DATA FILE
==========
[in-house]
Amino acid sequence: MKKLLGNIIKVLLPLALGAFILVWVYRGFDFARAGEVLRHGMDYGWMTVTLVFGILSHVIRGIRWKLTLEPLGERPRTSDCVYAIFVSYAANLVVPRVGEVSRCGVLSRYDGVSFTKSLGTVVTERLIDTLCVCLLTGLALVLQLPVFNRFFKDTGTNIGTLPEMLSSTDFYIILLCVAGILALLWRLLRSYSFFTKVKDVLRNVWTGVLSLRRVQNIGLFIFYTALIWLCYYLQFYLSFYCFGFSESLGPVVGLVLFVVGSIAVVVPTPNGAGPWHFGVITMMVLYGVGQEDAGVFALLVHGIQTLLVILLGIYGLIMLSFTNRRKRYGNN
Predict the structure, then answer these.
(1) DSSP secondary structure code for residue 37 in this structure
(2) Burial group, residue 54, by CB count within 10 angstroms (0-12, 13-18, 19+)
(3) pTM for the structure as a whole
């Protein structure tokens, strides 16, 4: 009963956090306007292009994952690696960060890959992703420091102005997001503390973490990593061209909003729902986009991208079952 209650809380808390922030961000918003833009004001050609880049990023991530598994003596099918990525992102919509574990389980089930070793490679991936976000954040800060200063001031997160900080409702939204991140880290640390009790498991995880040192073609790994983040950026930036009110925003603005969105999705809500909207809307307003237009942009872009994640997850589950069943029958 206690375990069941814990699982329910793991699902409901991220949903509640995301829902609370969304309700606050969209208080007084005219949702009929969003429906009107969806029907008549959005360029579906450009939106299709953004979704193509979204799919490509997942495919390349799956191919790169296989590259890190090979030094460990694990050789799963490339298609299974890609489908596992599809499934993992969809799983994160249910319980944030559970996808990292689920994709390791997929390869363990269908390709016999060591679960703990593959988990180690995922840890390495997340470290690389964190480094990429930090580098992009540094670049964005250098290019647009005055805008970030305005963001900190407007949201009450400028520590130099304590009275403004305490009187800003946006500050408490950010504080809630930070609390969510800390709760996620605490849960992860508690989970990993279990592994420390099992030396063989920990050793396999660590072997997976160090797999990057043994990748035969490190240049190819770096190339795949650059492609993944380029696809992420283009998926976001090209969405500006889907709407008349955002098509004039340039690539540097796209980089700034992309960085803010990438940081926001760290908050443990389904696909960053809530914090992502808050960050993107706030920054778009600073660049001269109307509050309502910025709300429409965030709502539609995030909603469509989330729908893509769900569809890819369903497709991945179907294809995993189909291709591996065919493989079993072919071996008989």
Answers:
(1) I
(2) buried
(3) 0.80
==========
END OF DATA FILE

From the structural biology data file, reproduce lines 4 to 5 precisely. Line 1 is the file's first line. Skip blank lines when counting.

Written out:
(1) DSSP secondary structure code for residue 37 in this structure
(2) Burial group, residue 54, by CB count within 10 angstroms (0-12, 13-18, 19+)